At a substrate temperature of 550 degrees C., all alloy compositions grow smoothly. At both 400 and 550 degree C. substrate temperatures, ychan /yrand values increased sharply between values of x=0.2 and x=0.5 for 1000 Angstrom thick films. In an attempt to understand and explain this increase, Gex Si1-x layers having values of x between 0.1 and 1.0 were examined in cross section by transmission electron microscopy, and it was observed that the alloy dislocation density did not increase linearly with the germanium fraction as might be expected on the basis of lattice mismatch. There was an absence of dislocations in the x=0.1 and x=0.2 films, and the number of dislocations increased only gradually for larger values of x. This shows that the lattice mismatch in the x=0.1 and 0.2 films is accommodated by strain, i.e., the alloy film is compressed laterally to match the silicon lattice constant.
If pseudomorphic or strain accommodated alloy growth is taking place, it would be expected that the quality of the layers would also depend on the film thickness and thinner films would have a lower accumulated strain energy and less of a driving force for dislocation formation. This hypothesis was tested by growing Gex Si1-x layers of various thicknesses embedded between two silicon layers. If an alloy layer were thin enough, the alloy layer should grow without dislocations for values of x≧0.5. It was found that for sufficiently thin alloy layers, a thickness of approximately 100 Angstroms, no dislocations were detected. We found accommodation of misfit through strain through layer thicknesses as great as 2500 Angstroms for values of x=0.2. This is surprising as the thicknesses of these layers are substantially greater than would be expected from an equilibrium analysis of both strain energy and dislocation formation.
Commensurate film growth yields a film free of dislocations with the misfit absorbed by tetragonal distortion. Ion channeling spectra along off-normal channeling directions showed evidence for the tetragonal distortion as a large dechanneling rate in the substrate with the beam aligned in the film. The off-normal <100> and <111> axes make angles, θ, with respect to the  normal that are smaller than for the case of cubic symmetry. The difference, Δθ, is related to the tetragonal distortion, εT by ##EQU1## where b and b are the normal and in-plane lattice constants, respectively.
FIG. 3 plots the germanium fraction horizontally versus the tetragonal distortion vertically. The filled and open symbols represent values obtained by ion channeling and x-ray analysis, respectively. The layer thicknesses are shown for each curve in units of Angstroms. The solid line represents a theoretical dependence based on exact in-plane registry in the epilayer, i.e., b.sub.∥ =a, where a is the silicon lattice constant, from which it can be shown that ##EQU2## where ν is Poisson's ratio and f=(b-a)/a, b is the bulk or relaxed Gex Si1-x lattice constant. As is evident, the points in FIG. 3 depart from the straight line as the Ge concentration increases. Thinner layers can be grown with greater Ge fractions as the misfit is accompanied by increased tetragonal distortion. However, a point is reached at which the distortion cannot accommodate all of the strain, and the straight line can no longer be followed. This represents a critical film thickness, hc, for defect-free growth. The thicknesses, hc, are shown in FIG. 4 for several values of x.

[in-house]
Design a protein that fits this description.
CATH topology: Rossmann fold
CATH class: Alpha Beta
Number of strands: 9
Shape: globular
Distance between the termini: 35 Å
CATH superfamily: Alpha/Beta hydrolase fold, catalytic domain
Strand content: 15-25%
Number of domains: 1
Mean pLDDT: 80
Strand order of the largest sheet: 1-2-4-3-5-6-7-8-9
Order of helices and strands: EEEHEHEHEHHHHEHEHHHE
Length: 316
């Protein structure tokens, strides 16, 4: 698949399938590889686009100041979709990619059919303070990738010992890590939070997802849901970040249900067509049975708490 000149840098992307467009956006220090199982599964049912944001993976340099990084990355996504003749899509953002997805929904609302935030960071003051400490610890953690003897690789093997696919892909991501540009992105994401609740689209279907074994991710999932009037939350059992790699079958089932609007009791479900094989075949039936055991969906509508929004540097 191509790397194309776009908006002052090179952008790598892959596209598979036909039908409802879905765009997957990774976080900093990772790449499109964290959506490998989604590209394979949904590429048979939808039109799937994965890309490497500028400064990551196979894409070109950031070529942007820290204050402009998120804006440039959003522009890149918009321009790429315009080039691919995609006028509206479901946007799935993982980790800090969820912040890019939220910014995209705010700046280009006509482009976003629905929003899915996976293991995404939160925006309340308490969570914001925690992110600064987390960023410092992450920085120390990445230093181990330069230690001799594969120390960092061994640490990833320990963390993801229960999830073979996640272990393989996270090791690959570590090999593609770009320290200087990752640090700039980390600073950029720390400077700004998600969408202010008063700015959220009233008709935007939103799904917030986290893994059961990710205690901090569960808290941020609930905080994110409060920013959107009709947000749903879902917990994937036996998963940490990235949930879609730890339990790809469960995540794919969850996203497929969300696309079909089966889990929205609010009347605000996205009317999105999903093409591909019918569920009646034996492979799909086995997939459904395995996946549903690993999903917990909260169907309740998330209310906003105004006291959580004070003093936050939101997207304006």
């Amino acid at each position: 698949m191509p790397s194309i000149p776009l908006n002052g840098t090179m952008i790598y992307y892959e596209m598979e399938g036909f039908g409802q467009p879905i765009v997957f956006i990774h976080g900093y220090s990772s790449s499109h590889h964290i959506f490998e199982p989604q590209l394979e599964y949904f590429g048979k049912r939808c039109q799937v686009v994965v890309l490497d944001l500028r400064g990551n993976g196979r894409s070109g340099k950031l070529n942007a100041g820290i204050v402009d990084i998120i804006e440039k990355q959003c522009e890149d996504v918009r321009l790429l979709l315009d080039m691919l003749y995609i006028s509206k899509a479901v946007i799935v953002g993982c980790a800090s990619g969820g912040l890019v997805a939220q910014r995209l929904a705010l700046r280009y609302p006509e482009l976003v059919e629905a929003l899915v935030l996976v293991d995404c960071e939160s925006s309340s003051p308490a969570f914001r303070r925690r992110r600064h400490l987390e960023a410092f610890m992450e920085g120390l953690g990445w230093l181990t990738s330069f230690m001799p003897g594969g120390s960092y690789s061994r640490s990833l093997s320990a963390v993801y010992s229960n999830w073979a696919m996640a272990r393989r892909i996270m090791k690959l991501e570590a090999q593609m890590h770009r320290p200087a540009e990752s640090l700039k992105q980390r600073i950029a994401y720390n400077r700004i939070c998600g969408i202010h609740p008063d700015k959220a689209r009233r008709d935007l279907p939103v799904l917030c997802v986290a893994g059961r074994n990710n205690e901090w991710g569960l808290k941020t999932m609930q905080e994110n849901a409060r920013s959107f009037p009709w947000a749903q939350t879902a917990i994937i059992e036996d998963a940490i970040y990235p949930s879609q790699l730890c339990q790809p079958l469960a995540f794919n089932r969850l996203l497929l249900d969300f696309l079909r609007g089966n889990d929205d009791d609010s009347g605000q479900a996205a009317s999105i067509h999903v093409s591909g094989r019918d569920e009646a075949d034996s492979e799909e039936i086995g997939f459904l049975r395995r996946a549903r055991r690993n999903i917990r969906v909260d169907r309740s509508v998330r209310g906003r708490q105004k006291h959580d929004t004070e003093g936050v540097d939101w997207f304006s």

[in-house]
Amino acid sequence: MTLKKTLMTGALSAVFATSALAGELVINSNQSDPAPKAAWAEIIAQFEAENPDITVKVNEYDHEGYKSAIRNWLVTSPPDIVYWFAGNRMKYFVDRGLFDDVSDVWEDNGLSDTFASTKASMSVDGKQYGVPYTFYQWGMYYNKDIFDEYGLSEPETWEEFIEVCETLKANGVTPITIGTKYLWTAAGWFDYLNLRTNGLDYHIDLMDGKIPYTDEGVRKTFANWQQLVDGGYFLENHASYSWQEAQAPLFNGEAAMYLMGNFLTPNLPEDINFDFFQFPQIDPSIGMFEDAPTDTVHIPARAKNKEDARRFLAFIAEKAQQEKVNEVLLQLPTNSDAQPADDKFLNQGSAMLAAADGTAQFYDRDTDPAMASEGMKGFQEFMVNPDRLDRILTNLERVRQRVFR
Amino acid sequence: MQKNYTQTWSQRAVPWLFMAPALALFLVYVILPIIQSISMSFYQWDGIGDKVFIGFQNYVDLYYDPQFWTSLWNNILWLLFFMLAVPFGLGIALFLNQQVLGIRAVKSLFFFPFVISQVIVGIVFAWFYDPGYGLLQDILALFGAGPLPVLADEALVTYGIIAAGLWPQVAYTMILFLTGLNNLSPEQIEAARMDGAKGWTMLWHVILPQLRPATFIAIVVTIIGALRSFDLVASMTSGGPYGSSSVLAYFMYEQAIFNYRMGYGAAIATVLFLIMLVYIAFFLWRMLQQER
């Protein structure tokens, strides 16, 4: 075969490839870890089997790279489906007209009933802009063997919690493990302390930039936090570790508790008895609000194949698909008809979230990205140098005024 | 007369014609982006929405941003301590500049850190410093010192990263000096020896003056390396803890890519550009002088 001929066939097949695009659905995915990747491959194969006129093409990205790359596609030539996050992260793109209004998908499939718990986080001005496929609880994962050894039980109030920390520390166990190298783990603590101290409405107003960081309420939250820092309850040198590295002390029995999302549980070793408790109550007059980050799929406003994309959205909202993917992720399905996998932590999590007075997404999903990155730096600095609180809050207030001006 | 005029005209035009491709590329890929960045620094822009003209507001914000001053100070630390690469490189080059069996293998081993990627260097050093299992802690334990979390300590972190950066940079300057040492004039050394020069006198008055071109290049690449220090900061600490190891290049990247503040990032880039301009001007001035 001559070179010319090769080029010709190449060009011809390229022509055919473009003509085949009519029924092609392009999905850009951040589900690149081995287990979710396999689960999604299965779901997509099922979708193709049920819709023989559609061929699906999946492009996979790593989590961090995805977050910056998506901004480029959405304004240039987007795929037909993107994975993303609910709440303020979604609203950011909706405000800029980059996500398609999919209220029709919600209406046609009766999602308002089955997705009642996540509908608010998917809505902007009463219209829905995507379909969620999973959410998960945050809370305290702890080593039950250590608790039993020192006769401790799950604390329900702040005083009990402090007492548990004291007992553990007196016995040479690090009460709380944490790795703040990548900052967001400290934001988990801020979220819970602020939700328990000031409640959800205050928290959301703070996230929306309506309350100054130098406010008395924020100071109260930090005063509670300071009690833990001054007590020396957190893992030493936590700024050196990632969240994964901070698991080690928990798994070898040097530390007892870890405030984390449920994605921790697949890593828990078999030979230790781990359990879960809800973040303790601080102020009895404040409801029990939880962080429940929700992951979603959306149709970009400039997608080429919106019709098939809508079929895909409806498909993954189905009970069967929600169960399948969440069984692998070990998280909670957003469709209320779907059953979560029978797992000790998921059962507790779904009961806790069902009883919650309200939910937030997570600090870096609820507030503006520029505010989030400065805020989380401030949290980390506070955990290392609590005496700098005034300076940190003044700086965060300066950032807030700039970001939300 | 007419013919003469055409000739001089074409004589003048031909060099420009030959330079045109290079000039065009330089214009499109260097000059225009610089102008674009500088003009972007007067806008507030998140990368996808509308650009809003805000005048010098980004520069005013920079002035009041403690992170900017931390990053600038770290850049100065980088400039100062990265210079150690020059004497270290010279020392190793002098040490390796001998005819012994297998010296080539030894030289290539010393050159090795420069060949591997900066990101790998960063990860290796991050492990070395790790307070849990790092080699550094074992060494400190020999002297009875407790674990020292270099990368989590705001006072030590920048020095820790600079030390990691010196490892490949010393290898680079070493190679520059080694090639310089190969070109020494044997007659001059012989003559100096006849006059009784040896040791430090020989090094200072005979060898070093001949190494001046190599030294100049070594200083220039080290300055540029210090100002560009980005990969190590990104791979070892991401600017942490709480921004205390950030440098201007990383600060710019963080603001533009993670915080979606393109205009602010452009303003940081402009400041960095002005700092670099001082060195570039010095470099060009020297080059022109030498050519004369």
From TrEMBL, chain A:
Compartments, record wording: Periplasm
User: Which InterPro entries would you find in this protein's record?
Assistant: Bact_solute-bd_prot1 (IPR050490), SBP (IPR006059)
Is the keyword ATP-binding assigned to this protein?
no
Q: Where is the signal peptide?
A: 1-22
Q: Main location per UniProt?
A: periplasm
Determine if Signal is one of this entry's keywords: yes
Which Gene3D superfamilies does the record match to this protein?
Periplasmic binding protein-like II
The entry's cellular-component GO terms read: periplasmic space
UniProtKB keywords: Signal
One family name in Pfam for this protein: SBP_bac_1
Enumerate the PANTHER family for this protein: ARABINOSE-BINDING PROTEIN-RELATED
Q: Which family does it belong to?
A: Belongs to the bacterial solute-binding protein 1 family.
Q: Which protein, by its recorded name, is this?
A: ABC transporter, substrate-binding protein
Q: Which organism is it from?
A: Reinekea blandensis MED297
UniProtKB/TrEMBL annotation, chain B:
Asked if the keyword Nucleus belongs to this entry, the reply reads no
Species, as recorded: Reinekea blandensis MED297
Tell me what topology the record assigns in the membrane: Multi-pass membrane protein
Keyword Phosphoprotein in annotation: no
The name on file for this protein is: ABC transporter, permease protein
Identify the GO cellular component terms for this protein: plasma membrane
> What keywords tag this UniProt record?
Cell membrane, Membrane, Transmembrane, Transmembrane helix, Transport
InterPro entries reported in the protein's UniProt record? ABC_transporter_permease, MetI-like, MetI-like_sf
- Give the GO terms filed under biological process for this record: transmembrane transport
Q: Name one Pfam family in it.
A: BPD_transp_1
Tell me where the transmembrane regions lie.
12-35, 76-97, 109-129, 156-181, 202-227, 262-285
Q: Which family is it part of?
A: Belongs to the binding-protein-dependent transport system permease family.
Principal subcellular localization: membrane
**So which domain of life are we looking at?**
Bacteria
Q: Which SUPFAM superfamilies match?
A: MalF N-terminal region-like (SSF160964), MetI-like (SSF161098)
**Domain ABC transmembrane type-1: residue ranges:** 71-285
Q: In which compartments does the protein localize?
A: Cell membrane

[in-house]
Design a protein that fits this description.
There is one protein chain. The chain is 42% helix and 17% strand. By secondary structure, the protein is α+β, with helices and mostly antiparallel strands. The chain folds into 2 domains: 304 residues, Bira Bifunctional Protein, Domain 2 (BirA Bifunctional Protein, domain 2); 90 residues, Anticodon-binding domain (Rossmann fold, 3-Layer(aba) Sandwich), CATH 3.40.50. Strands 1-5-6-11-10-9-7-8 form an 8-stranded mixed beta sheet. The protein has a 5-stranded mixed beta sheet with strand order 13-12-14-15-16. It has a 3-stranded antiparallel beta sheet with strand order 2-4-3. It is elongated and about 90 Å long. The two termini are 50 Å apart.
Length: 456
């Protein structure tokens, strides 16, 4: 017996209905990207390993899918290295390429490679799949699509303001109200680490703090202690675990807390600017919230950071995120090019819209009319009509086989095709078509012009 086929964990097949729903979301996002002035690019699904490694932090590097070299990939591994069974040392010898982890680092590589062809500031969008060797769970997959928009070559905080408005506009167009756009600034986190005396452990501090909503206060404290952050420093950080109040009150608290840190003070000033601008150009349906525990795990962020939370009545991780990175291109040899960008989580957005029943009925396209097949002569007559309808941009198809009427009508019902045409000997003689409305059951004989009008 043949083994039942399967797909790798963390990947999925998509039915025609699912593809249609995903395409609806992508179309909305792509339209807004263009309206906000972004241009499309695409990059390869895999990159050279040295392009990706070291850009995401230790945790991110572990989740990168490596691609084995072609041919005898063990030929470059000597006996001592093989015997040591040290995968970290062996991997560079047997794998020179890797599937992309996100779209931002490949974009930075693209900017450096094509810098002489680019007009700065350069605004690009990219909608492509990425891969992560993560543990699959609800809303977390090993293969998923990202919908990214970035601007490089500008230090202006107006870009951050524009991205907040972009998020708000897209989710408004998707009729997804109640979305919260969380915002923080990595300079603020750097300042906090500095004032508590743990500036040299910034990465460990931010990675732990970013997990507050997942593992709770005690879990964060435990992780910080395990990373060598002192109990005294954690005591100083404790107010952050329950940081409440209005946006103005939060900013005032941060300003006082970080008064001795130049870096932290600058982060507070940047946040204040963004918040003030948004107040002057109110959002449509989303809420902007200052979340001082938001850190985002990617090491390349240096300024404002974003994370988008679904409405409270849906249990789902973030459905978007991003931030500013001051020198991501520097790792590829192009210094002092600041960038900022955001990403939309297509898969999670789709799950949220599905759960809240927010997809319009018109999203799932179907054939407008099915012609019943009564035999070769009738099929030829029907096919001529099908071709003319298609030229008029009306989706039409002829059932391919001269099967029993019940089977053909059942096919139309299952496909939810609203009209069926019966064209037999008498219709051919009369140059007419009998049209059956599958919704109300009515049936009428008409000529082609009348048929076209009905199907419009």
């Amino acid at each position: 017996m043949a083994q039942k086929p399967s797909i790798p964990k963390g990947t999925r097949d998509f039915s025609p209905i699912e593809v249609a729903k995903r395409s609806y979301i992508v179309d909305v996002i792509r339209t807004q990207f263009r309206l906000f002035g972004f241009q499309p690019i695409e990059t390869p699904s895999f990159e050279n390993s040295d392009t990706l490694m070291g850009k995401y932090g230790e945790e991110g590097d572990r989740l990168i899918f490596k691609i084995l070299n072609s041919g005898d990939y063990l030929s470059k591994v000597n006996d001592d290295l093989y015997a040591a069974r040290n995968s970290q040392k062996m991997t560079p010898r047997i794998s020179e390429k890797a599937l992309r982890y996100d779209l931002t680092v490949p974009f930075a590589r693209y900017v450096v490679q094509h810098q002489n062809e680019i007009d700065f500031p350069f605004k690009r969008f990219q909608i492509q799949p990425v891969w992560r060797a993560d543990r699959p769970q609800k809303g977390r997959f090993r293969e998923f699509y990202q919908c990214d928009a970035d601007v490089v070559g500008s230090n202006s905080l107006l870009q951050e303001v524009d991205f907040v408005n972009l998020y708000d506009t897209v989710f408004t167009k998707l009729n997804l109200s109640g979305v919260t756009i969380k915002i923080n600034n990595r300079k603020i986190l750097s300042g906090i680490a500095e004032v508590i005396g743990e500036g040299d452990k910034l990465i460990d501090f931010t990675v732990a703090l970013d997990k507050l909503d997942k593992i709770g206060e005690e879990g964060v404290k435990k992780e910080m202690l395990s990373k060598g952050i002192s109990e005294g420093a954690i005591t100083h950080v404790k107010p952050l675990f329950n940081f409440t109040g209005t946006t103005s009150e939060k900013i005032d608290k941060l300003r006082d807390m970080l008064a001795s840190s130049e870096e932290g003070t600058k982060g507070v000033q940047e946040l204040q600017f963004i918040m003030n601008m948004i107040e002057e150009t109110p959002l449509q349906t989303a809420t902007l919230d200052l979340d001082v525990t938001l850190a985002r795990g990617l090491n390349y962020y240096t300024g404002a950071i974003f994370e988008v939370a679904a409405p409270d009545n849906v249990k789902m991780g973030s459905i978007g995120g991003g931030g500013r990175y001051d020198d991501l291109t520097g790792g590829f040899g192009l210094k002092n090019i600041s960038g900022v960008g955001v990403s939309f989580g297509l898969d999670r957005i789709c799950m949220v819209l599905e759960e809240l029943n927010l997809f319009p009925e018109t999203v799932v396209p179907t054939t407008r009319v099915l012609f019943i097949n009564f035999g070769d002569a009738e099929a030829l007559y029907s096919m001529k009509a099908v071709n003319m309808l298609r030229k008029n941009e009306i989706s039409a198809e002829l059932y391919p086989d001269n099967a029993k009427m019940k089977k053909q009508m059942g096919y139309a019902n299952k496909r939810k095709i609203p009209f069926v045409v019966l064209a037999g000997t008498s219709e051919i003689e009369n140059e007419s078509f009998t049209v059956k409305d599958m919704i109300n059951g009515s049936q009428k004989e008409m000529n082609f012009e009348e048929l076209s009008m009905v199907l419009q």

The thicknesses are considerably greater than those predicted by model strain and misfit dislocation energies. This might also be termed a "mechanical stability model. " We hypothesize that there are barriers to the nucleation and transport of enough misfit dislocations to significantly relax the tetragonal strain in the commensurate heterostructures.
One possible nucleation barrier may be calculated by considering shear displacements of the epilayer with respect to the substrate. The average interfacial energy at the critical thickness may be estimated as μc2 /4π2 d, where μ is the shear modulus, c the slip distance, and d the interplanar spacing. Equating this to the coherency-strain energy, 2(1+ν)μf2 hc /(1-ν), and taking d=a/4 and c=a/√2, gives the result hc ≈0.014af-2. This estimate accounts for our observation in the vicinity of x=0.25, where it predicts hc =900 Angstroms, although the dependence in FIG. 3 is faster than f-2. We conclude that the strong interfacial bond is important for a large hc, but is not the entire explanation.
Other structures may be grown. For example, a selectively doped heterostructure transistor having a heavily doped wide bandgap material and a nominally undoped alloy may be grown. Free carriers generated in the wider bandgap materials would then fall into the narrower bandgap alloy layers. The alloy layer should exhibit higher mobility because there are no ionized impurities and the alloy material has higher mobility. Also, a thin Si layer may be grown on a Gex Si1-x layer and then oxidized forming a Ge MOSFET. Furthermore, as previously mentioned, the alloy layers may be grown on a Ge substrate.
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|Clasificación de EE.UU.||438/492, 438/507, 257/E21.093, 148/DIG.250, 148/DIG.720, 117/106, 117/939, 257/E29.085, 117/105, 117/936, 148/DIG.169, 257/19, 117/935, 438/938, 117/108|
|Clasificación internacional||C30B23/08, H01L29/165, H01L21/203, C30B29/52|
|Clasificación cooperativa||Y10S148/169, Y10S148/072, Y10S148/025, Y10S438/938, H01L21/02532, H01L21/0245, H01L21/02381, H01L21/02502, H01L29/165, H01L21/02631|
|Clasificación europea||H01L21/02K4B1A3, H01L21/02K4E3P, H01L21/02K4A1A3, H01L21/02K4C1A3, H01L21/02K4B5L2, H01L29/165|
|28 Oct 1983||AS||Assignment|
Owner name: WESTERN ELECTRIC COMPANY, INCORPORATED 222 BROADWA
Free format text: ASSIGNMENT OF ASSIGNORS INTEREST.;ASSIGNORS:BEAN, JOHN C.;FELDMAN, LEONARD C.;FIORY, ANTHONY T.;REEL/FRAME:004190/0067
Effective date: 19831028
|29 Sep 1987||CC||Certificate of correction|
|19 Dic 1988||FPAY||Fee payment|
Year of fee payment: 4
|19 Nov 1992||FPAY||Fee payment|
Year of fee payment: 8
|25 Nov 1996||FPAY||Fee payment|
Year of fee payment: 12
|18 Feb 1997||REMI||Maintenance fee reminder mailed|